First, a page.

Croom native Stephen Fitzgerald, on the left, pictured with farmer John Walsh, centre, and David Alcorn, in the Irish Farmer calendar for 2017 in aid of Bothar Picture: Ian Shipley
LIMERICKMAN Stephen Fitzgerald has graced the pages of a farming calendar for a good cause yet again.
The Croom man, whose family have a background in poultry farming, appears in the 2017 Irish Farmer calendar, which has just been publicised.
Asked by the organisers of he would be participate again, after his past success, Stephen kindly obliged – even if he runs the risk of further slagging from his friends.
“I might have to go into retirement after this, but never say never,” he laughed, when contacted by the Limerick Leader.
“I did the first calendar back in 2012, and it was just great craic. Everyone who did it had a bit of fun with it. If it raises money for charity, and you give people a bit of a laugh, then why not? It is easy to say ‘No’, because you’re afraid of being slagged off by the lads,” said the 35-year-old.
Stephen is now working for an engineering company in Portlaoise, but hasn’t escaped farming completely as his partner also comes from a farming background, and he helps out at their farm in the evenings and at weekends.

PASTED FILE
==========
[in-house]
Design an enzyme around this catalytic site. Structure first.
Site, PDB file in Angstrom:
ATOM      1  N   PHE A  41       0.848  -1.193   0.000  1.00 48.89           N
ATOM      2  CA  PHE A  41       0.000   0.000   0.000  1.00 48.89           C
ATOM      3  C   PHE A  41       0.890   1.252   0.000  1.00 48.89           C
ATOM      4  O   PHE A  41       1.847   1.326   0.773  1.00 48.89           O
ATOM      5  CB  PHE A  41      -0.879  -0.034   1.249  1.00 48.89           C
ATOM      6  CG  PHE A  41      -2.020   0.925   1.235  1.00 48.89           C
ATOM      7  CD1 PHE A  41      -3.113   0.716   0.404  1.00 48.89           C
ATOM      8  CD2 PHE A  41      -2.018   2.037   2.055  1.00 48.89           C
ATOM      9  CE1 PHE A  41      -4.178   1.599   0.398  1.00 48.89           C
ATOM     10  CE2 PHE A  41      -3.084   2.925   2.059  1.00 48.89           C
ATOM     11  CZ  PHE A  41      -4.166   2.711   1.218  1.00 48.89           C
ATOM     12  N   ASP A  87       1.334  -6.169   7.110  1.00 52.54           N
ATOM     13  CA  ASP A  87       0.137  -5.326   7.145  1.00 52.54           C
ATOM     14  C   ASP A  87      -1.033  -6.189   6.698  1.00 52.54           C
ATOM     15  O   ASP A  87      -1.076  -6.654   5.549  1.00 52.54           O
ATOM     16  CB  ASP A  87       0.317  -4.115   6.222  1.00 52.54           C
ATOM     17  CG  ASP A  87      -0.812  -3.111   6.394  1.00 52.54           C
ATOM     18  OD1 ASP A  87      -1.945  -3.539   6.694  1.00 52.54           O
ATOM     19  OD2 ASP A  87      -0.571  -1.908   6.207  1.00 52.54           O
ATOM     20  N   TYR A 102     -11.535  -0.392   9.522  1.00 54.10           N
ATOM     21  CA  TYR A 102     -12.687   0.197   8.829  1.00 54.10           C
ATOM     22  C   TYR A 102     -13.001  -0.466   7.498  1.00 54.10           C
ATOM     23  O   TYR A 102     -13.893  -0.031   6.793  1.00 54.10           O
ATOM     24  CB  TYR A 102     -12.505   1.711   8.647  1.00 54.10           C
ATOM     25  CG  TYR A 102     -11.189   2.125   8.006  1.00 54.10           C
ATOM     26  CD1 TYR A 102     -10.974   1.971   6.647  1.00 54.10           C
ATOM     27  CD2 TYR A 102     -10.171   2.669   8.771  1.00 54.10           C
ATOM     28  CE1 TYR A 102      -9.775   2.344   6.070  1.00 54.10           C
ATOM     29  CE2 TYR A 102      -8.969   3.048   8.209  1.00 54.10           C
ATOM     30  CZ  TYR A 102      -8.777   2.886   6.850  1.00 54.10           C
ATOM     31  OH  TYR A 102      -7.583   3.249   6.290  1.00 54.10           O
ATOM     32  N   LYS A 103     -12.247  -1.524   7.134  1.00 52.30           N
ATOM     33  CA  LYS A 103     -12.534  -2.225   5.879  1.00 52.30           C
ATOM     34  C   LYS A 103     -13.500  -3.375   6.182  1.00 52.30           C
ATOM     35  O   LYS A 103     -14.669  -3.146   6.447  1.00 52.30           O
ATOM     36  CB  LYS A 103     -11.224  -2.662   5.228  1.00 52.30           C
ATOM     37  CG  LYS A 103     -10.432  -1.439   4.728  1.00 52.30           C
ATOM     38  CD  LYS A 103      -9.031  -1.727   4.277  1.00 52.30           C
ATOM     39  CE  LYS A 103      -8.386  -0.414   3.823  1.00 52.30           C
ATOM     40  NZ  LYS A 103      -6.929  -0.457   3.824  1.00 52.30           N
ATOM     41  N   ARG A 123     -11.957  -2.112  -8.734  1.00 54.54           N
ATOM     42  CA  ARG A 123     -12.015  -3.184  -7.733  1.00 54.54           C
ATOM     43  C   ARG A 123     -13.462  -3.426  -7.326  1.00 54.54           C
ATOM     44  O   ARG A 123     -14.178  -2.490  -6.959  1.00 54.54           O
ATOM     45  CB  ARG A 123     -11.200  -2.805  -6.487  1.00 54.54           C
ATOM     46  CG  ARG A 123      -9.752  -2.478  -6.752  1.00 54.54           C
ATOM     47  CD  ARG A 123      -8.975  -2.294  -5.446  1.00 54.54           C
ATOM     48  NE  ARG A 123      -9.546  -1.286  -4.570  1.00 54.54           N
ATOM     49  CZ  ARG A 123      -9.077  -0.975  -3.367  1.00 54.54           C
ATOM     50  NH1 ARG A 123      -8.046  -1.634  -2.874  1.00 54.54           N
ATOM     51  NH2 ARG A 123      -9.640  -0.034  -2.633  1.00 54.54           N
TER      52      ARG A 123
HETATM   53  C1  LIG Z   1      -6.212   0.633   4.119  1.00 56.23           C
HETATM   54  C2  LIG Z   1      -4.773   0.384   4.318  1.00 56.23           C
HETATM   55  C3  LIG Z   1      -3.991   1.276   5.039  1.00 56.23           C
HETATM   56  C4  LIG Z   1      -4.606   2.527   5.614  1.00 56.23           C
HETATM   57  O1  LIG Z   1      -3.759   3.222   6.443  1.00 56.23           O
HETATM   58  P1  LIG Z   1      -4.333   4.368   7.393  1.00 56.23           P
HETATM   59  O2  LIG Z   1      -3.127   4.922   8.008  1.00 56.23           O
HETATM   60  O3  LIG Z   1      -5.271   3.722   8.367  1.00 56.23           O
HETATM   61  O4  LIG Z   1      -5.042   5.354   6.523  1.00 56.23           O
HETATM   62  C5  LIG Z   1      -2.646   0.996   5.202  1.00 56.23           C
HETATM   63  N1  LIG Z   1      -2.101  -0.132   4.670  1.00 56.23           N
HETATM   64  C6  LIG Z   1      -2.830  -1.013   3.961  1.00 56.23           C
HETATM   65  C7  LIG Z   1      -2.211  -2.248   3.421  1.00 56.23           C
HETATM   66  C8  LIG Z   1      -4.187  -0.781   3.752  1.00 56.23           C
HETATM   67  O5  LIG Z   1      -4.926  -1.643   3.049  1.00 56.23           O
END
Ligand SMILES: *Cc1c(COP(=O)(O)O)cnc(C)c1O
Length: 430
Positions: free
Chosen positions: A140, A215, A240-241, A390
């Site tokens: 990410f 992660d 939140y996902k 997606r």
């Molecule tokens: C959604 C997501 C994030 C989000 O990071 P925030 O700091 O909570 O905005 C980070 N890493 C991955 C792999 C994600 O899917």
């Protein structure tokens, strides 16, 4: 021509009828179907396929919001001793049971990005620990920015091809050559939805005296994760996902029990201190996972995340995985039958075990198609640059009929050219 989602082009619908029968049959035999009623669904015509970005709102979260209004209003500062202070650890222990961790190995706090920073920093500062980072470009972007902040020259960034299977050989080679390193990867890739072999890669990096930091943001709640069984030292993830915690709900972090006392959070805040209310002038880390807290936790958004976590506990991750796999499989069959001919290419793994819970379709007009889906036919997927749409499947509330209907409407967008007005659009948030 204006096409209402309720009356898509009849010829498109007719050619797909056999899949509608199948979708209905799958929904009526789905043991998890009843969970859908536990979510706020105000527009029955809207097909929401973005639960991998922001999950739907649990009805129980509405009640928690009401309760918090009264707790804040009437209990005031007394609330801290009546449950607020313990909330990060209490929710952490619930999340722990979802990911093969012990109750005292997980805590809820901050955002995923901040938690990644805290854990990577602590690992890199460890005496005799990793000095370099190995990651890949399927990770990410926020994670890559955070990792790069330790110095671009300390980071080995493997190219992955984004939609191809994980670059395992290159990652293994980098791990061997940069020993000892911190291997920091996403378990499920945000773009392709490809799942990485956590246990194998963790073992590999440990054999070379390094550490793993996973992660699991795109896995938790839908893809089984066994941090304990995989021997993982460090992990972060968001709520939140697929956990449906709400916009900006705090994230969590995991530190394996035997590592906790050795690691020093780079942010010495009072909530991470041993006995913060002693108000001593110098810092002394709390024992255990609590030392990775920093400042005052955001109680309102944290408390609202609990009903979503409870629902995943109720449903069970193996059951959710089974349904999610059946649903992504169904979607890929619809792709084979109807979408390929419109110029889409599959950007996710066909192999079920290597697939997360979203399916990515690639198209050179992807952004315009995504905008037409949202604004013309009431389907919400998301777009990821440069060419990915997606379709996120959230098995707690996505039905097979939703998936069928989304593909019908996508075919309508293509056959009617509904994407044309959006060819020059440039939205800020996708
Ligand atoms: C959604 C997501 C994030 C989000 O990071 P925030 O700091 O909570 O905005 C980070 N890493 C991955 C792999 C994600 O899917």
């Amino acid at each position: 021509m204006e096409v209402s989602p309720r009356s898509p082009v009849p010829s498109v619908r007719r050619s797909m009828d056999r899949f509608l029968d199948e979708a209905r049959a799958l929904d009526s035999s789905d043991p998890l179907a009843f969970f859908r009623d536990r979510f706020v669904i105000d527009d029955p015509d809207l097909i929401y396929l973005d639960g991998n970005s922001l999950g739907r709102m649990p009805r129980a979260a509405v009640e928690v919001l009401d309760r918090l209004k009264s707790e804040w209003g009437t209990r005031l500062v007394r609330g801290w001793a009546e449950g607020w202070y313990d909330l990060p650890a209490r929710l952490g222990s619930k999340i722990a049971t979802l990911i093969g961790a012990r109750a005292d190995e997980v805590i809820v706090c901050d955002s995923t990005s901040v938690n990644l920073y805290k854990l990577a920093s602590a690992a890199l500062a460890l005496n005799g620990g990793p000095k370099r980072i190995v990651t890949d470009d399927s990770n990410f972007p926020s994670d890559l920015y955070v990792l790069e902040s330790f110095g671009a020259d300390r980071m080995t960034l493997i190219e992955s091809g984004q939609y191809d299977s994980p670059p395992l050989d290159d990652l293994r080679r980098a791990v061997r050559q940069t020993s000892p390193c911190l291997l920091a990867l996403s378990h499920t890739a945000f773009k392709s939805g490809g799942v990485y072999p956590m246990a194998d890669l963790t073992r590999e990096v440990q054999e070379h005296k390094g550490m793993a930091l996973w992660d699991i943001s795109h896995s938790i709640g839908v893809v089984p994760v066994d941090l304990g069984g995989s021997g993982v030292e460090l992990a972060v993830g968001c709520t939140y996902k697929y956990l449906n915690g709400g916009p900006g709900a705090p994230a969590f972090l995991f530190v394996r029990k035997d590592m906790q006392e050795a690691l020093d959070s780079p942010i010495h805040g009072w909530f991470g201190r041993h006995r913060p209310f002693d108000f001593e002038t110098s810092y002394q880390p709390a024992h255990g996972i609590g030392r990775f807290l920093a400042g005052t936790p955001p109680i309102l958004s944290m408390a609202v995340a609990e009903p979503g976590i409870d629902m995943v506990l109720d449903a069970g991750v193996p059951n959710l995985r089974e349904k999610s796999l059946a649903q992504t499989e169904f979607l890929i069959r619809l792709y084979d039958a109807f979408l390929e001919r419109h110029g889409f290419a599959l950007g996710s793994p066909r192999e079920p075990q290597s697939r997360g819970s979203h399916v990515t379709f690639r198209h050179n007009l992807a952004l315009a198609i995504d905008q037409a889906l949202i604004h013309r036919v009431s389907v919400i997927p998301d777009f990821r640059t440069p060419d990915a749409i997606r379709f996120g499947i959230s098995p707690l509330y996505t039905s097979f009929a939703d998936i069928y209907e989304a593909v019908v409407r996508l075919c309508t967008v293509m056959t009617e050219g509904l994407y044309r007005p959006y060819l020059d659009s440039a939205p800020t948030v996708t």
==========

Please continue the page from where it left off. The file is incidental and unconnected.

Does she mind the attention he gets?
“She doesn’t mind at all when she has the Real McCoy – 100% beef – at home,” he joked.
Stephen said he received unmerciful “slagging” from friends when he posed for the Batchelor peas farmer of the year competition – and came second as Mr Mushy Peas – under the poster caption ‘D’ya wanna spoon?’
“Even years after, I couldn’t go out for dinner with the lads without them saying ‘D’ya wanna spoon?’ But a lot of people who made jokes about the pictures came back and asked how they could get involved too. It’s just a bit of light-hearted fun. I was always into Macra na Feirme, where you would have to do a skit or a bit of a comedy act, so I guess it just went from there.” The calendar is available from www.farmercalendar.com for €10 and proceeds go to the charity Bothar
It is also available in Dubray, Easons and independent booksellers nationwide.
Dubbed ‘agri porn’ by Ryan Tubridy, the calendar series, now in its eighth years has received orders from the US, Australia, UK, Germany, Brazil, Japan, Canada and South Africa, with an international audience hungry to see the charms of Ireland’s farms.